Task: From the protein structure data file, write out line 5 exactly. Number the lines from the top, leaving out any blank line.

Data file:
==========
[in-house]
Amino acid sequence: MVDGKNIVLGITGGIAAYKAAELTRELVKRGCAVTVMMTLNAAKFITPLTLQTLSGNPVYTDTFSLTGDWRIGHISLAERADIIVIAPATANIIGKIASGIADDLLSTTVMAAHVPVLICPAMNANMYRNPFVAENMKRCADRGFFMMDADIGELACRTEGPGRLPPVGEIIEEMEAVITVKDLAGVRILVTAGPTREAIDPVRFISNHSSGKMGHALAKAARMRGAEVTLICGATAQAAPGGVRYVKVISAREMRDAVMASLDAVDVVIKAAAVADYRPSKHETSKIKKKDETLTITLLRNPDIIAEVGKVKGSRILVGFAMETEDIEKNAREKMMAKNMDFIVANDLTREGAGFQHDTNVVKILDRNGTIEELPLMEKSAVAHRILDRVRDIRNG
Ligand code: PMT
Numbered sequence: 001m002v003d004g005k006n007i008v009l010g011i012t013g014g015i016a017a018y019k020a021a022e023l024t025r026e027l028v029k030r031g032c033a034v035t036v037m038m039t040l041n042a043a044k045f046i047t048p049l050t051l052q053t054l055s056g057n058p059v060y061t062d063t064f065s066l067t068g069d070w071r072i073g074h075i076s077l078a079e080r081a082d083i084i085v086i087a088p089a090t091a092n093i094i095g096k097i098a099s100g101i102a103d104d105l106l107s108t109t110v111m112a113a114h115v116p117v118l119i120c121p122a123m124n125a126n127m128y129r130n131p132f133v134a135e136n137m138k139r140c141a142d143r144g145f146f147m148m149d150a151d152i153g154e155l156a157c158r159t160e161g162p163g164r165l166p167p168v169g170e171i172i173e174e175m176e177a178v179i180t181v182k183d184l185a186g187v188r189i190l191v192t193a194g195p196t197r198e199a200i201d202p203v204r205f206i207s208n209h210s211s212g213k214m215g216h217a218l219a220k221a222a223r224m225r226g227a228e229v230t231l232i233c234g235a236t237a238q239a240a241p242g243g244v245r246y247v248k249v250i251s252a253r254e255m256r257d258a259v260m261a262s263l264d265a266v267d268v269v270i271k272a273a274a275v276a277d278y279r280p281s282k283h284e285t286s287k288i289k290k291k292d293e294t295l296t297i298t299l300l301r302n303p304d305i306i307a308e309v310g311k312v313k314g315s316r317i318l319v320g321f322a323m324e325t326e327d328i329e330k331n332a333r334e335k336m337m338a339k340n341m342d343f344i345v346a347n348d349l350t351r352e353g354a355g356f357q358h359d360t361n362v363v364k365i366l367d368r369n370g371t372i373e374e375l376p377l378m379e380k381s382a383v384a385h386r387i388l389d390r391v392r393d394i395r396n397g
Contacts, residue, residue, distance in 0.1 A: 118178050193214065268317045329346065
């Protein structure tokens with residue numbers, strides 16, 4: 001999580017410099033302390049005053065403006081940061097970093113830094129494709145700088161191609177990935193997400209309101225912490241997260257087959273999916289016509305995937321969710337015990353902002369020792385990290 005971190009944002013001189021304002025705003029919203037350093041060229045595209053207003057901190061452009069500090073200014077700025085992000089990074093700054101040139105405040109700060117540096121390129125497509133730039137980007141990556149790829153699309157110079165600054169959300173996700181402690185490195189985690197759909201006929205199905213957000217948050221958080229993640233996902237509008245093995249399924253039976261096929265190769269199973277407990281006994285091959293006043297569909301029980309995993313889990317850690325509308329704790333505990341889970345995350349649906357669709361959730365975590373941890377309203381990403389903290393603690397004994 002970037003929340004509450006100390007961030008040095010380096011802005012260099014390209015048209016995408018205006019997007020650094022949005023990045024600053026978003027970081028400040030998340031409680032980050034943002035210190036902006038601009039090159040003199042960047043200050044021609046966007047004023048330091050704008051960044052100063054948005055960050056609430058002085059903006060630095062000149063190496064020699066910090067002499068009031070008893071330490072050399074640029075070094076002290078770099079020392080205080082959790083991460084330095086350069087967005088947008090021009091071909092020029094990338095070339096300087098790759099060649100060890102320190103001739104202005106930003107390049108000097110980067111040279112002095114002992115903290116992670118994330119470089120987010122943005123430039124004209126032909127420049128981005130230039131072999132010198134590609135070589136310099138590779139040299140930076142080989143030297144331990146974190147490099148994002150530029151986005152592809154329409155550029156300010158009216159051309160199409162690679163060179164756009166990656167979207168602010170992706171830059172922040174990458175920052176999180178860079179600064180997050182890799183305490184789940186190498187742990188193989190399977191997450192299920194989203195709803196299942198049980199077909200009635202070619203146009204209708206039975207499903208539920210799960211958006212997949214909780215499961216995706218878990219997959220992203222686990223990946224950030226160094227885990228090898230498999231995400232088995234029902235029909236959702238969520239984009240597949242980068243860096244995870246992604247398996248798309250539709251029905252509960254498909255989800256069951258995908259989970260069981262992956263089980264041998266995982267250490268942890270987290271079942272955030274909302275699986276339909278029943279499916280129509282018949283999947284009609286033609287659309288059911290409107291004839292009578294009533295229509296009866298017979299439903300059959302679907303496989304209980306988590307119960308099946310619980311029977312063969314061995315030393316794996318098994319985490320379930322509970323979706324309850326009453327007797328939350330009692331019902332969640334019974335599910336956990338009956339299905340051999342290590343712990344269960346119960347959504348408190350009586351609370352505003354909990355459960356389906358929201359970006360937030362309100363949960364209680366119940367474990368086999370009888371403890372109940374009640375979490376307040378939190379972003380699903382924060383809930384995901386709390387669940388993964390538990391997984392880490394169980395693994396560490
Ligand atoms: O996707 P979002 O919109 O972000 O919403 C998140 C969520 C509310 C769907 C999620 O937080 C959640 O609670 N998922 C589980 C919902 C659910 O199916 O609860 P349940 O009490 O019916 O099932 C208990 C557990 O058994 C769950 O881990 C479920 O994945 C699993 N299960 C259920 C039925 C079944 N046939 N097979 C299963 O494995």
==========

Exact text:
Contacts, residue, residue, distance in 0.1 A: 118178050193214065268317045329346065